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PWC reveals 35% of South African business owners experienced financial statement fraud in 2014. Don't be a victim

by , 21 November 2014
Financial statement fraud is one of the top five major economic crimes in SA.

That's over one third of businesses who falsified their figures in 2014.

What's more, senior and middle management are mostly responsible. And it could take years to see the true impact of this fraud!

But, you don't have to be a victim! Here's the information you need to eliminate the risk of financial statement fraud in your business today...

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Warning! Put a stop to fraud before it cripples your business...
 
 

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Do your manager's have ulterior motives?
 
When you look for fraud, don't just look at the numbers. Look at the bigger picture of your business. Ask yourself the following questions to help you identify if your managers have ulterior motives.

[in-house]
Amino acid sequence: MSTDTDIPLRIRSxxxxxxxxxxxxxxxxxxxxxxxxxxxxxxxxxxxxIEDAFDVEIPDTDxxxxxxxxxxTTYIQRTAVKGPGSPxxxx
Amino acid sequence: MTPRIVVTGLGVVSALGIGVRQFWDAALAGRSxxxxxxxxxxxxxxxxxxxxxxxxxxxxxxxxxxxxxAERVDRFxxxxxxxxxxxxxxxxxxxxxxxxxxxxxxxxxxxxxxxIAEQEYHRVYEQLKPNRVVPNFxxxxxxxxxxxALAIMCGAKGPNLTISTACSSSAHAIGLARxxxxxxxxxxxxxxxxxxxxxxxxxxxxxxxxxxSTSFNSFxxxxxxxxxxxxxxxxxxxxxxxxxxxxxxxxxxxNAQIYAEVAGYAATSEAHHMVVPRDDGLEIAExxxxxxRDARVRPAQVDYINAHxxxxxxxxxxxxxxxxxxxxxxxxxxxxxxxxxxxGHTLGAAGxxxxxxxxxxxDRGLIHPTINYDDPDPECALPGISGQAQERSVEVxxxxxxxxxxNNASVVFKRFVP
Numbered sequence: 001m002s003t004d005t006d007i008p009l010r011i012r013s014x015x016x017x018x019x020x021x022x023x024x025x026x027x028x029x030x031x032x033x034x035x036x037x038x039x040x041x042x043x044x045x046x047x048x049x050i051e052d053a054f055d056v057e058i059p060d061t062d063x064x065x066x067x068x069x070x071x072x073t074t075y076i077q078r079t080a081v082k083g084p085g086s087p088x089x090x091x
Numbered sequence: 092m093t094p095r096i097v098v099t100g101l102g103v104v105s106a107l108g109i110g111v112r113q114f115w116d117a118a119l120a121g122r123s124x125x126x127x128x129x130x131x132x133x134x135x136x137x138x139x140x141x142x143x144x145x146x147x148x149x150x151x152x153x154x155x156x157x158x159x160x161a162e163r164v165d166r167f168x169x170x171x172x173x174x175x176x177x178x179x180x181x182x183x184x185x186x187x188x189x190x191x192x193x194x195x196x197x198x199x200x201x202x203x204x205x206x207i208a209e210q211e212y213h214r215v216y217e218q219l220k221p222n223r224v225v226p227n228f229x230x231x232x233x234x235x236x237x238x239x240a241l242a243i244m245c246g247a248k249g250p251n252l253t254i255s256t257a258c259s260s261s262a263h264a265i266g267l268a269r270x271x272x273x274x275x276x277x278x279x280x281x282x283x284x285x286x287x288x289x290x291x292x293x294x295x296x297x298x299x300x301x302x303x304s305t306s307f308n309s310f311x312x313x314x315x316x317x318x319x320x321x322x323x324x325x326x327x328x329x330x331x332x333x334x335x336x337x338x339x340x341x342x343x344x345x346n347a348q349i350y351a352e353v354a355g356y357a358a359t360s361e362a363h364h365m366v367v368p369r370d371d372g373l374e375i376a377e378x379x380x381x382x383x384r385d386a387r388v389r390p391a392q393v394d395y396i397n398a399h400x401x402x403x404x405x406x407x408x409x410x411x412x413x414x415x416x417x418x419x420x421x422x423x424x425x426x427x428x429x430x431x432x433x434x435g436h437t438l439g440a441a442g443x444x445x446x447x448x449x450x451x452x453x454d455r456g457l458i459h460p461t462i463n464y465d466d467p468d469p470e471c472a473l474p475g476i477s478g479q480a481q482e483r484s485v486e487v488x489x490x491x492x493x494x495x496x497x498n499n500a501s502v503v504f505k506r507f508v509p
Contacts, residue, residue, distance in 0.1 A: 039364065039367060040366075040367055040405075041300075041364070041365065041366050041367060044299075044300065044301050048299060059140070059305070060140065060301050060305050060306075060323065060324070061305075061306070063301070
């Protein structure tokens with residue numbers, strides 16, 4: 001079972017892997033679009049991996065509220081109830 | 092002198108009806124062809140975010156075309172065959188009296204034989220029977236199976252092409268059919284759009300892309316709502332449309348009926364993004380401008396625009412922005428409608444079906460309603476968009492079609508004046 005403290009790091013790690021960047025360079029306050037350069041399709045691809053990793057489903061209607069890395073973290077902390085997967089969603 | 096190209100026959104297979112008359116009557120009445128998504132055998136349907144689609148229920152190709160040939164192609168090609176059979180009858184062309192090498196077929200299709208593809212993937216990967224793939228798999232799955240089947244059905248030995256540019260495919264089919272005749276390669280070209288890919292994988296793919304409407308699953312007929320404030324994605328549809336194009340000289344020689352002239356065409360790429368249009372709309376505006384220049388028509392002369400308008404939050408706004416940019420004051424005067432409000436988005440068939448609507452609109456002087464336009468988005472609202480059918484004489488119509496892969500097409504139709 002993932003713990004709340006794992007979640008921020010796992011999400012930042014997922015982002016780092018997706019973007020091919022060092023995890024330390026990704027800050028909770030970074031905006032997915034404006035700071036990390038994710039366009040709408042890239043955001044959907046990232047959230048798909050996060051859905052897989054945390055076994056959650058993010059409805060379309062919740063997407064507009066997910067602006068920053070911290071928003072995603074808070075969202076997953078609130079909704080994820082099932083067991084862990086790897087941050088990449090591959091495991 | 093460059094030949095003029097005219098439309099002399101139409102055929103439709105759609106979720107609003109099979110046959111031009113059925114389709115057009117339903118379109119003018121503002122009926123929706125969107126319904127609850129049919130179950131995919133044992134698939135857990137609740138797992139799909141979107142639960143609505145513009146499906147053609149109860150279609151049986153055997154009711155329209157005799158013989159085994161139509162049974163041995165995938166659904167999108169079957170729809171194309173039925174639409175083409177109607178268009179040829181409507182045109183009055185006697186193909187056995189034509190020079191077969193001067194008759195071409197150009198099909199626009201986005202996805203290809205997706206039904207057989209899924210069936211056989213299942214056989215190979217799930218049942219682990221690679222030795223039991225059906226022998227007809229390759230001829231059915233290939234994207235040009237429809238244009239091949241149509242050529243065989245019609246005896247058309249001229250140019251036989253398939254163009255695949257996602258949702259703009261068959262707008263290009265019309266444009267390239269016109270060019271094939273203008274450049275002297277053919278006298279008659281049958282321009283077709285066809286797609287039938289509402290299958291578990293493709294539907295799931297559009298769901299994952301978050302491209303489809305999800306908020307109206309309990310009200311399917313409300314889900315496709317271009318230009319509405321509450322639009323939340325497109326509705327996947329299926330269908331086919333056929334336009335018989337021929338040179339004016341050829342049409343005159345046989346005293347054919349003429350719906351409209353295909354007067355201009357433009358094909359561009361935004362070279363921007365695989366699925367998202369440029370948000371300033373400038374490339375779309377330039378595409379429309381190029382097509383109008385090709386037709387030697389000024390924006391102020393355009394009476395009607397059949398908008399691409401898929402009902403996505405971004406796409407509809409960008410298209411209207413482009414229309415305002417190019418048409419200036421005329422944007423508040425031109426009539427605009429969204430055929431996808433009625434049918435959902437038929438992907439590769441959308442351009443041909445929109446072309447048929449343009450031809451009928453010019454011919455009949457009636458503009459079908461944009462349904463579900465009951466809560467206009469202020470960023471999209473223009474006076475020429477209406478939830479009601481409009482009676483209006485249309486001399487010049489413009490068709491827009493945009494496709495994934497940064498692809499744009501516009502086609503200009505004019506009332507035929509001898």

1. What are their backgrounds?
Make sure you appoint trustworthy people to deal with your company finances. If they have a history of being unreliable, rather move them away from your finances and payroll. 
  1. What motivations drive them?
Where there's strong management influence and ulterior motives, there are high chances of fraud. (For example, where Jeffrey Skilling and Kenneth Lay of Enron influenced the market, industry and company).
 
  1. What relationships do they have with financial institutions, related parties, investors, etc?
Look at if their relationships are disclosed and transparent. It is easier to trust those who are completely transparent and disclose conflict of interest.
 
For more tools on how to eliminate fraud in your business, get your copy of the Practical Accountancy Loose Leaf today.

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PWC reveals 35% of South African business owners experienced financial statement fraud in 2014. Don't be a victim
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